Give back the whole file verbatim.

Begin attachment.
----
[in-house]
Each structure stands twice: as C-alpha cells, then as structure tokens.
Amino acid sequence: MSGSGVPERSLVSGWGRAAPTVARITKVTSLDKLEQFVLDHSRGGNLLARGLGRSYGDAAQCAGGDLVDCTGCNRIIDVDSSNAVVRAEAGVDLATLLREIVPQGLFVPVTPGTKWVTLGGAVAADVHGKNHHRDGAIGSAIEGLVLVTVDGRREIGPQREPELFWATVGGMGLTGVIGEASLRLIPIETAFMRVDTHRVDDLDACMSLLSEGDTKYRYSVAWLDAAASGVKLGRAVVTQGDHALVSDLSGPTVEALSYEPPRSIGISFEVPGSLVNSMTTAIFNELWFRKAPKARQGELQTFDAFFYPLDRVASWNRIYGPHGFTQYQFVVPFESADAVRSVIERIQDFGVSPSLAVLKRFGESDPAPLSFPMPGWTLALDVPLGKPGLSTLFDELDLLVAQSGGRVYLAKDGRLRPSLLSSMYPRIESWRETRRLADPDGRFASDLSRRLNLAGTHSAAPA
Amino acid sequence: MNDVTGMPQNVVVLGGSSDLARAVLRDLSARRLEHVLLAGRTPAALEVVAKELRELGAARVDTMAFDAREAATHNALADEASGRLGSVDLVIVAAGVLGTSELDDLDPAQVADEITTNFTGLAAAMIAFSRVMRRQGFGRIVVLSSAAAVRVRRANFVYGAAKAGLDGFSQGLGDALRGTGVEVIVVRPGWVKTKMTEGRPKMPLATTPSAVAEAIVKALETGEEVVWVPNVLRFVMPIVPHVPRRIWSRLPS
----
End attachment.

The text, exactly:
[in-house]
Each structure stands twice: as C-alpha cells, then as structure tokens.
Amino acid sequence: MSGSGVPERSLVSGWGRAAPTVARITKVTSLDKLEQFVLDHSRGGNLLARGLGRSYGDAAQCAGGDLVDCTGCNRIIDVDSSNAVVRAEAGVDLATLLREIVPQGLFVPVTPGTKWVTLGGAVAADVHGKNHHRDGAIGSAIEGLVLVTVDGRREIGPQREPELFWATVGGMGLTGVIGEASLRLIPIETAFMRVDTHRVDDLDACMSLLSEGDTKYRYSVAWLDAAASGVKLGRAVVTQGDHALVSDLSGPTVEALSYEPPRSIGISFEVPGSLVNSMTTAIFNELWFRKAPKARQGELQTFDAFFYPLDRVASWNRIYGPHGFTQYQFVVPFESADAVRSVIERIQDFGVSPSLAVLKRFGESDPAPLSFPMPGWTLALDVPLGKPGLSTLFDELDLLVAQSGGRVYLAKDGRLRPSLLSSMYPRIESWRETRRLADPDGRFASDLSRRLNLAGTHSAAPA
Amino acid sequence: MNDVTGMPQNVVVLGGSSDLARAVLRDLSARRLEHVLLAGRTPAALEVVAKELRELGAARVDTMAFDAREAATHNALADEASGRLGSVDLVIVAAGVLGTSELDDLDPAQVADEITTNFTGLAAAMIAFSRVMRRQGFGRIVVLSSAAAVRVRRANFVYGAAKAGLDGFSQGLGDALRGTGVEVIVVRPGWVKTKMTEGRPKMPLATTPSAVAEAIVKALETGEEVVWVPNVLRFVMPIVPHVPRRIWSRLPS